Belle and The Beast


Original Medium: Traditional story
Produced as a cartoon by: Walt Disney Productions
First appeared: antiquity
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Like Disney's very first feature, Snow White, Beauty & the Beast is based on a very old story, told in many versions, in many places, since time immemorial. Like Cinderella, the specific version used as its prose template is one written down in historical times. In this case, it's La Belle et la Bête, by Jeanne-Marie Le Prince de Beaumont, which was …

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… published in 1756, in Magasin des enfants. The fact that the movie was based on Beaumont's version was acknowledged in the film's credits.

This wasn't the first time Beauty & the Beast was animated. But it may have been the first to resemble the story reasonably well. A 1934 Merrie Melody of that name, for example, took practically nothing from the story but the title. Non-animated film versions, going back to the 1890s, range from fairly faithful to simple slapstick comedies with that as a unifying theme. This, while veering from the original in Disney-like directions, adhered fairly faithfully, at least in the area of the central characters.

It was one of the most challenging stories tackled by Disney animation over the years — Walt himself had rejected it as requiring too much reworking, both in the late 1930s and in the '50s. Especially vexing was the fact that the second half of the story took place almost entirely inside The Beast's (no relation, by the way) castle, which Disney thought offered not enough scope for action.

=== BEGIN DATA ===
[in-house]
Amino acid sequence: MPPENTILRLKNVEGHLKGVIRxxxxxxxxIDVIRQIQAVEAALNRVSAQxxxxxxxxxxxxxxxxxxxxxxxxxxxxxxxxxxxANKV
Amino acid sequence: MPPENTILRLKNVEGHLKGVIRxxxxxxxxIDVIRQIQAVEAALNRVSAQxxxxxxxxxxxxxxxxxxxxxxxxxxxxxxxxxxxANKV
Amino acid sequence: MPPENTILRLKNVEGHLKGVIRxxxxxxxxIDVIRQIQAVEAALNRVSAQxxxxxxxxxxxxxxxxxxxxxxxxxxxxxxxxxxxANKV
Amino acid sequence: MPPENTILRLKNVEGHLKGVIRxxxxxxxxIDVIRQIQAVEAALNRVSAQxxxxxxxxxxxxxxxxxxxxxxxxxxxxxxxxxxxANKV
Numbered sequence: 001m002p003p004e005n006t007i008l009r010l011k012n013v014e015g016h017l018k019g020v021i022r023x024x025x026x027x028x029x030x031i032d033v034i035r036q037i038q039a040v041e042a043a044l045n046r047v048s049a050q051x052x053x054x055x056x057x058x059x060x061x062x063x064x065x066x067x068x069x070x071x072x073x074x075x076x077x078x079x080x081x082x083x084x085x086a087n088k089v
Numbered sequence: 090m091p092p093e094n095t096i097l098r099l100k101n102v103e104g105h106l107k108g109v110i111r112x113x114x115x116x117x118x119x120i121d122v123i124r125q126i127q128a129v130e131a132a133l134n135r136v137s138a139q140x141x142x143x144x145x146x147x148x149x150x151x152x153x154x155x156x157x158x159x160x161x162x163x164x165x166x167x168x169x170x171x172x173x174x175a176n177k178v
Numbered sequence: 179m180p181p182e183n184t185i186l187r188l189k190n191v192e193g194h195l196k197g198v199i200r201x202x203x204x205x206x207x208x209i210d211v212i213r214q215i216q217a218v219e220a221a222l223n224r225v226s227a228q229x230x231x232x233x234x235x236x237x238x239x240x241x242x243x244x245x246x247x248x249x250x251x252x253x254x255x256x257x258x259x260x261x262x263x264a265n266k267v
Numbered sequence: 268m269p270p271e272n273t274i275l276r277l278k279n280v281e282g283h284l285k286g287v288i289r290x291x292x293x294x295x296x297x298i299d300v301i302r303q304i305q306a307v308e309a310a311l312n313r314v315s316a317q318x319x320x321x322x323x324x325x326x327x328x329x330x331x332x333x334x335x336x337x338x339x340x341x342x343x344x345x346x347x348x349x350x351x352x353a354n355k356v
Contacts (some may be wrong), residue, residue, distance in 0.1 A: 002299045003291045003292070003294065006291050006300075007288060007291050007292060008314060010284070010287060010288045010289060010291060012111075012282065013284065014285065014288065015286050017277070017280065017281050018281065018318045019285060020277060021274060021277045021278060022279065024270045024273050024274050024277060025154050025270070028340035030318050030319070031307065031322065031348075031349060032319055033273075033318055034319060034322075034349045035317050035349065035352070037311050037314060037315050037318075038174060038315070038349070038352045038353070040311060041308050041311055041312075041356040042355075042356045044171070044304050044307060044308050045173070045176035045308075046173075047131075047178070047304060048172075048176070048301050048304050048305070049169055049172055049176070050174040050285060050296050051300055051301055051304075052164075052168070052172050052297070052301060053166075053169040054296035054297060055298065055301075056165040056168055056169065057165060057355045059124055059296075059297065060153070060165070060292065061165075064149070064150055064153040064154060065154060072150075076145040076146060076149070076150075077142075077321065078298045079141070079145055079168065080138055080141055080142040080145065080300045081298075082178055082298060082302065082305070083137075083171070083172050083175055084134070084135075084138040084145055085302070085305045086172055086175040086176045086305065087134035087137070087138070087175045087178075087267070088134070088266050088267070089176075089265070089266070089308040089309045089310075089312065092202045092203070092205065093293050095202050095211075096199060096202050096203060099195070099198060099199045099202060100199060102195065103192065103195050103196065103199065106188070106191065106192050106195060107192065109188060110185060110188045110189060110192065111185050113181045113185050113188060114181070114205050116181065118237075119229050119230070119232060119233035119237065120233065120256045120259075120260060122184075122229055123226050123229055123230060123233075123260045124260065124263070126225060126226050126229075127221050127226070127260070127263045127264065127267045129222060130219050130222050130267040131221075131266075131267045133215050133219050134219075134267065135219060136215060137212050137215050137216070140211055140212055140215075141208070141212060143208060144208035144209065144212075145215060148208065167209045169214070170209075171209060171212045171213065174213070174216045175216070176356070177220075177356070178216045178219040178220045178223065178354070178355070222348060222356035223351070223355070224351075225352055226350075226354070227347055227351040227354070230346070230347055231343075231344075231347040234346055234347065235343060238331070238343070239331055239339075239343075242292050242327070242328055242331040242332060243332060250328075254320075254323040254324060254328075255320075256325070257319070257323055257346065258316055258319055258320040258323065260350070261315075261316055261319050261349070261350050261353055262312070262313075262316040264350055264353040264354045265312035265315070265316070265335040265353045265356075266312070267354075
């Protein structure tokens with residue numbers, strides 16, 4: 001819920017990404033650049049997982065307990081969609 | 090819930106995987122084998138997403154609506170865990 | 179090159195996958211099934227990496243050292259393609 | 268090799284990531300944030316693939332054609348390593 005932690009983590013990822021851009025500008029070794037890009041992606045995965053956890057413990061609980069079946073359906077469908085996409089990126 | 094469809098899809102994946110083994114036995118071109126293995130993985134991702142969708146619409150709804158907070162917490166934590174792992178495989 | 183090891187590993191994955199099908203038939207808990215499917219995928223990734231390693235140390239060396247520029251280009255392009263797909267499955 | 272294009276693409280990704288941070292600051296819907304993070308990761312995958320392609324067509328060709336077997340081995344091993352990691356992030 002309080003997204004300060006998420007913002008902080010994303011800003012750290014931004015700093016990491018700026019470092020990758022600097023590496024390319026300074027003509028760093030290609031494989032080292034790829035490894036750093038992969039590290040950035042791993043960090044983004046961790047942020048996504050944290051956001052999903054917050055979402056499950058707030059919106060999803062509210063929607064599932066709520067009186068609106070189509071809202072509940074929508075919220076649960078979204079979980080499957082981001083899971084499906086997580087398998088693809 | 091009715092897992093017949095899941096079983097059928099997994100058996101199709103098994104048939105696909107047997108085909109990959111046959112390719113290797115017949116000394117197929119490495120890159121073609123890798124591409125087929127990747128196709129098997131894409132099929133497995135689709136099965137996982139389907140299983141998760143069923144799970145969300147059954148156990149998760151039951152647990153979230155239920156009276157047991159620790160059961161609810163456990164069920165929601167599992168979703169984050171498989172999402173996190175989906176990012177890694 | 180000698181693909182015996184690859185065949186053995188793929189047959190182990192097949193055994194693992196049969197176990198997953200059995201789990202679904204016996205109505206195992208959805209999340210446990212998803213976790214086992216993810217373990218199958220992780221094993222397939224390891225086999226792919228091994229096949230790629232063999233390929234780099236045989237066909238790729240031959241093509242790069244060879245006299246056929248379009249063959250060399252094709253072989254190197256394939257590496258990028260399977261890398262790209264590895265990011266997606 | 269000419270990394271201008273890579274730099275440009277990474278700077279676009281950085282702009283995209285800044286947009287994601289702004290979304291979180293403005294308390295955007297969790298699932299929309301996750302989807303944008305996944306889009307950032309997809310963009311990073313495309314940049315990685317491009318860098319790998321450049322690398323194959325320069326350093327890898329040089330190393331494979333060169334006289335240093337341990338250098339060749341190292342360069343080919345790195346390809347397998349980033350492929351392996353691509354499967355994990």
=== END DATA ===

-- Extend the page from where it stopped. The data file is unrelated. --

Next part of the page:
The project was revived in the late '80s, and given extensive revision. Belle's (no relation. also by the way) two sisters were jettisoned as distractions, while Belle's own character was enhanced, giving her a more modern sensibility as very much her own woman, whom the townspeople regarded as an eccentric bookworm. The eccentricity was enhanced by changing her father, Maurice, from a plain old, ordinary merchant into an inventor. A villain was added, in the form of Gaston, who sought her hand in marriage in aggressively unacceptable ways. Making the castle a more hospitable environment, the servants were changed from silent, invisible presences, to actual servants, transformed by The Beast's curse into household items.

Thus modified, Beauty & the Beast had its world premiere on November 13, 1991, and went into general release on the 22nd. Many film critics consider it part of a Disney "renaissance", a resurgence of classic Disney animation that had begun with Who Framed Roger Rabbit? (1988) and The Little Mermaid (1989). Its critical success far outshone such non-classic-era offerings as The Fox & the Hound (1981) and The Black Cauldron (1985). In fact, it won no less than two Academy Awards, and was nominated for another four, inclueing "Best Picture" — making it the only animated movie ever nominated in that category.

Belle's voice was provided by Paige O'Hara, who has done few other voice roles, but did play one of Giselle's associates in Disney's 2007 live action/animated feature Enchanted. The Beast was Robby Benson (Prince Valiant in a 1990 animated production). Maurice and Gaston were Rex Everhart (another with few other voice roles, but who did have a role in the 1980 made-for-TV Gnomes) and Richard White (who isn't known for any other voice roles), respectively. The various enchanted servants turned household items included Jerry Orbach (Galaxy Rangers), Angela Lansbury (Mommy Fortuna in The Last Unicorn) and David Ogden Stiers (Solovar the Gorilla in Justice League).

The day was long past when Disney features were routinely adapted into Dell or Gold Key comic books, but Disney was doing its own comics publishing at the time, and did it as a four-issue series. But it had a much more prestigious media spin-off than that. It was the first Disney feature adapted into a Broadway play. In that venue, it premiered April 18, 1994, at Broadway's Palace Theatre. It wasn't as well-received critically as the film had been, but it was a commercial success. A later Disney feature, The Lion King, was done on Broadway in 1997.

And the characters have been ths usual merchandising bonanza for Disney, including Belle as one of the company's Princesses. The characters have become part of the cast, seen regularly on The Disney Channel and in books, videos and every other way Disney characters are exploited.


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Text ©2009-10 Donald D. Markstein. Art © Walt Disney Productions.